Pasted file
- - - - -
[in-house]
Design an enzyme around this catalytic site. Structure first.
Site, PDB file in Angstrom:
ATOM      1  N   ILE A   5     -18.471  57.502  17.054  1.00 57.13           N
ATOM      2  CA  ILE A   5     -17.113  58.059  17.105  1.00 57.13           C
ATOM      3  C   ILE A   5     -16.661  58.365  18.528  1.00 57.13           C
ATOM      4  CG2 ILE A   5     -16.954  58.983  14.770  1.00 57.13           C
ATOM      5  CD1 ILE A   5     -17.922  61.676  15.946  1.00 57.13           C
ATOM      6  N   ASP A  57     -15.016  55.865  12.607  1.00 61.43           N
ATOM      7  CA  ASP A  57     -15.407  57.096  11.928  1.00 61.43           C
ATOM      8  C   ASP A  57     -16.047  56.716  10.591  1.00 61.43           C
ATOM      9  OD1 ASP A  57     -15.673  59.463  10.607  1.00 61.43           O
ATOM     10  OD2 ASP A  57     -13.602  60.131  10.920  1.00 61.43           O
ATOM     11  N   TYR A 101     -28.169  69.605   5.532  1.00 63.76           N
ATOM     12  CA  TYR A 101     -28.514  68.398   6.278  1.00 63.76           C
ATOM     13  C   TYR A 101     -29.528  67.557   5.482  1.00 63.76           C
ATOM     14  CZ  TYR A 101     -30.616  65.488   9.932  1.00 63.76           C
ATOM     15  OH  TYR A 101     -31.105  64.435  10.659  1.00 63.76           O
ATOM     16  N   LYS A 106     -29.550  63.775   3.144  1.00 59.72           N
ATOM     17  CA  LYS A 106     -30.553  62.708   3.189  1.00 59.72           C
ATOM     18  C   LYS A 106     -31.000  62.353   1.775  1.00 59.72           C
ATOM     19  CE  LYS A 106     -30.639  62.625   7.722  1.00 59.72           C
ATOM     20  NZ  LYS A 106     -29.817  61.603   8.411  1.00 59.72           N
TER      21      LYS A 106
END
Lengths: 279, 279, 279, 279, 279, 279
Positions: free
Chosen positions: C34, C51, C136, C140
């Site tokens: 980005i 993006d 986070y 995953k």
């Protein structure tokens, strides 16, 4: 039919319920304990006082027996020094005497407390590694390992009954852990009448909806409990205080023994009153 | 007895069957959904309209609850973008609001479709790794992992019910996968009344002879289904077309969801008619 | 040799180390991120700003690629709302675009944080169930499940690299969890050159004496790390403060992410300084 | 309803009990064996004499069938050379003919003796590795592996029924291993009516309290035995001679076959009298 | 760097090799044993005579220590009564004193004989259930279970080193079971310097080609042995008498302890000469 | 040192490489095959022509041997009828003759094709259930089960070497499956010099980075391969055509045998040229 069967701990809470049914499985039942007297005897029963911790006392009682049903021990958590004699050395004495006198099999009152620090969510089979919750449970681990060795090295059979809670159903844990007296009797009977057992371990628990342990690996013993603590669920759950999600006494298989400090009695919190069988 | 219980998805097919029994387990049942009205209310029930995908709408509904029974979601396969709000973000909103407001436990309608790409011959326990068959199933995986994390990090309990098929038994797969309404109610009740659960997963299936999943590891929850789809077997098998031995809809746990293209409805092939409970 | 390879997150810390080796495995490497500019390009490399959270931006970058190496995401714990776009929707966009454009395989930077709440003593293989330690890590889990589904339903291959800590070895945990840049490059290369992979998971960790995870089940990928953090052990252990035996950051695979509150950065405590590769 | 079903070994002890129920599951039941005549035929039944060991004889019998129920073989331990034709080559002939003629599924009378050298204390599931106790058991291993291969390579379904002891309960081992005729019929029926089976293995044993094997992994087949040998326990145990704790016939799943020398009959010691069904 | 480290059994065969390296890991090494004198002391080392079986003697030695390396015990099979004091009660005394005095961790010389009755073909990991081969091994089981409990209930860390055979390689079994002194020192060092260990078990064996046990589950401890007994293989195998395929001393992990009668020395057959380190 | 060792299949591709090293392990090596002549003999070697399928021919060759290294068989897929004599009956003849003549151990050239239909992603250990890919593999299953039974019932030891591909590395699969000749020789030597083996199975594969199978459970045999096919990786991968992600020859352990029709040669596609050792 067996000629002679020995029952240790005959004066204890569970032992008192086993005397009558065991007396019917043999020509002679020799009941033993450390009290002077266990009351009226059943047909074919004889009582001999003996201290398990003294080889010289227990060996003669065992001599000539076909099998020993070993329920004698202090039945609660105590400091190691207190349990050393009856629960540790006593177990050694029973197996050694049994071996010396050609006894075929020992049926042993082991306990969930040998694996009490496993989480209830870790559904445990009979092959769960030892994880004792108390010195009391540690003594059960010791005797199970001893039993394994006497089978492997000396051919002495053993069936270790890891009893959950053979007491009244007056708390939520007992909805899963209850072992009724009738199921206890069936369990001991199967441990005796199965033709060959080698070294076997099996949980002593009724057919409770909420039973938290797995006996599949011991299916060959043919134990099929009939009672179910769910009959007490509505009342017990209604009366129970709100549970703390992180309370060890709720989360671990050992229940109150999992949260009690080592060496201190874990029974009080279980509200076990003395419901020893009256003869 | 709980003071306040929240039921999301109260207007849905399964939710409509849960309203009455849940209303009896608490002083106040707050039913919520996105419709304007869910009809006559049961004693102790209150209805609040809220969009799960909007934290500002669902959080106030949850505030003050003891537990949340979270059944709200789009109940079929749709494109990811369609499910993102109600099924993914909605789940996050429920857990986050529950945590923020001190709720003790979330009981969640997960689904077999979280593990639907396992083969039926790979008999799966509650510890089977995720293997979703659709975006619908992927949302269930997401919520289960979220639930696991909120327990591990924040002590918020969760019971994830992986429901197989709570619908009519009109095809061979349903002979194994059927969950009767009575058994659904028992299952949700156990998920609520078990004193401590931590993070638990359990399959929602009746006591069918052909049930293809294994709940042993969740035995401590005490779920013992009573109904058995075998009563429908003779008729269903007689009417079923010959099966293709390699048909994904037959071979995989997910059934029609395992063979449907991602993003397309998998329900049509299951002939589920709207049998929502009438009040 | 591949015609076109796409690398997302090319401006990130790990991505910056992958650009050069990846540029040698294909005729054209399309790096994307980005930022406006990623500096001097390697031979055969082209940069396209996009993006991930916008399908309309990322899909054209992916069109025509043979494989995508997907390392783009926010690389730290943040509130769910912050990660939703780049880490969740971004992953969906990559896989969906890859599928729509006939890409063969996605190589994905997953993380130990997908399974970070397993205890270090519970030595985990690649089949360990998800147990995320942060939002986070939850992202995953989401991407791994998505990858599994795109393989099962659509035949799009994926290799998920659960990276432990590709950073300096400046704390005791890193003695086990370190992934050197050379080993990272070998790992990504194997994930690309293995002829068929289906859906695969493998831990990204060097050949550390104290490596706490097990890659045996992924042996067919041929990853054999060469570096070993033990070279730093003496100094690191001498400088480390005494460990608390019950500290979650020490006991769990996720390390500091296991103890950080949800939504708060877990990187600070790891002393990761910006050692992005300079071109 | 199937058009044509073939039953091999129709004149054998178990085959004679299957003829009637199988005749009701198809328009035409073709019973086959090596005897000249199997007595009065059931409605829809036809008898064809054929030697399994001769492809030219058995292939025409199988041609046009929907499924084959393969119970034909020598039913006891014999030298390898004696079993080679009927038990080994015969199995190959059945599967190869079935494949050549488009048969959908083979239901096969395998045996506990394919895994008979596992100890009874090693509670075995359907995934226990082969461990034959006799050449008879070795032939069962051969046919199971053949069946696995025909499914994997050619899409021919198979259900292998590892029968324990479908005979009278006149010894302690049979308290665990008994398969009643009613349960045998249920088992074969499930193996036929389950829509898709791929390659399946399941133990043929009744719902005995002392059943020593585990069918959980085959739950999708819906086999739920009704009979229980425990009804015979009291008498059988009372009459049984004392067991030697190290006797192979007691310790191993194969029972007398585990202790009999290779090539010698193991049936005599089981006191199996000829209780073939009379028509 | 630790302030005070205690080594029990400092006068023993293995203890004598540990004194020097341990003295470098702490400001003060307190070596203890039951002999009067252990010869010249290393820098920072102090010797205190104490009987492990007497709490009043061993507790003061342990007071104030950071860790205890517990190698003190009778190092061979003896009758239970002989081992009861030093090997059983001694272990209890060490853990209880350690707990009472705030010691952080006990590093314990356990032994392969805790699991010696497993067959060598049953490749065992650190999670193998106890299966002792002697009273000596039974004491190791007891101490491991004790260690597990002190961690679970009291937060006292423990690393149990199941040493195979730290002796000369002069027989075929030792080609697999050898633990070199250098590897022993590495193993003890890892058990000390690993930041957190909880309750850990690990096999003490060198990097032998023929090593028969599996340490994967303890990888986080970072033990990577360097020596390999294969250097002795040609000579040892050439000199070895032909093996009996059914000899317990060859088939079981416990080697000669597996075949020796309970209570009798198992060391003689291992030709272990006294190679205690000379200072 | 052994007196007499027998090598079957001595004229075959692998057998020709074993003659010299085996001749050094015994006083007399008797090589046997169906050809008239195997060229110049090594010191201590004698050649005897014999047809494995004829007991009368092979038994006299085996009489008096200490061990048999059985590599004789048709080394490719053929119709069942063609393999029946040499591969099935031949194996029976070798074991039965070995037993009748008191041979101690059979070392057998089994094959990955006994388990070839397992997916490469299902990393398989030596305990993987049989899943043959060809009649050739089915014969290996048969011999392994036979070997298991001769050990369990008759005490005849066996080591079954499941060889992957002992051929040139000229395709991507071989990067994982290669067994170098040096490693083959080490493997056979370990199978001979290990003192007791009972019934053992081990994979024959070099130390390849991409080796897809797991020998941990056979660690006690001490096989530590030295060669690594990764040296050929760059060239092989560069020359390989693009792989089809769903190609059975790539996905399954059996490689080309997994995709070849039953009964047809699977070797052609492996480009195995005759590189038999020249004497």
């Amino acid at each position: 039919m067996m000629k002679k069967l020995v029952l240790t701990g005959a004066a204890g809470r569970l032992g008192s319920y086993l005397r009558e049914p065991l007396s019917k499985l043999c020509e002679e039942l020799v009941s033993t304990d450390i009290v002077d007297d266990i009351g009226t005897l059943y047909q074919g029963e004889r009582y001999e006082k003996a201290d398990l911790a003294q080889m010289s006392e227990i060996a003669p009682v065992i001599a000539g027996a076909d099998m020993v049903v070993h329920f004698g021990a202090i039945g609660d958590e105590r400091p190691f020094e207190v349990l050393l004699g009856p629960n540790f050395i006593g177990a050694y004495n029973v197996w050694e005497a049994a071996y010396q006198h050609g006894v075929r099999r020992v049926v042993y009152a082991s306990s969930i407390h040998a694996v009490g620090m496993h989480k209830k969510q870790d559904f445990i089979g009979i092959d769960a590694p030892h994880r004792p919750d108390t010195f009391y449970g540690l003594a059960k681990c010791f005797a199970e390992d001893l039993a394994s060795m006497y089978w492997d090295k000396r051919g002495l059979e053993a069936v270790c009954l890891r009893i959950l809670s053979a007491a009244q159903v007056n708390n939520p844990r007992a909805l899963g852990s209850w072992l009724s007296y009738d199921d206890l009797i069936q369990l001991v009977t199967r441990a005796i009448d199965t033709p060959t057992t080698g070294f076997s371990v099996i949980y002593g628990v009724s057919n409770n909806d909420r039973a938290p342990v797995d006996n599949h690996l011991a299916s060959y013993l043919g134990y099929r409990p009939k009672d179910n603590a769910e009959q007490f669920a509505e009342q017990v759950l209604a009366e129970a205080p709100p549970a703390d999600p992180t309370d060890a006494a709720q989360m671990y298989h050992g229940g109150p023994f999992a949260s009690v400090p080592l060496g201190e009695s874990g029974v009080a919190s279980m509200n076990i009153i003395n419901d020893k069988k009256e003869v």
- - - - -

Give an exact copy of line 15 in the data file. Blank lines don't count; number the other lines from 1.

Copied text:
ATOM     12  CA  TYR A 101     -28.514  68.398   6.278  1.00 63.76           C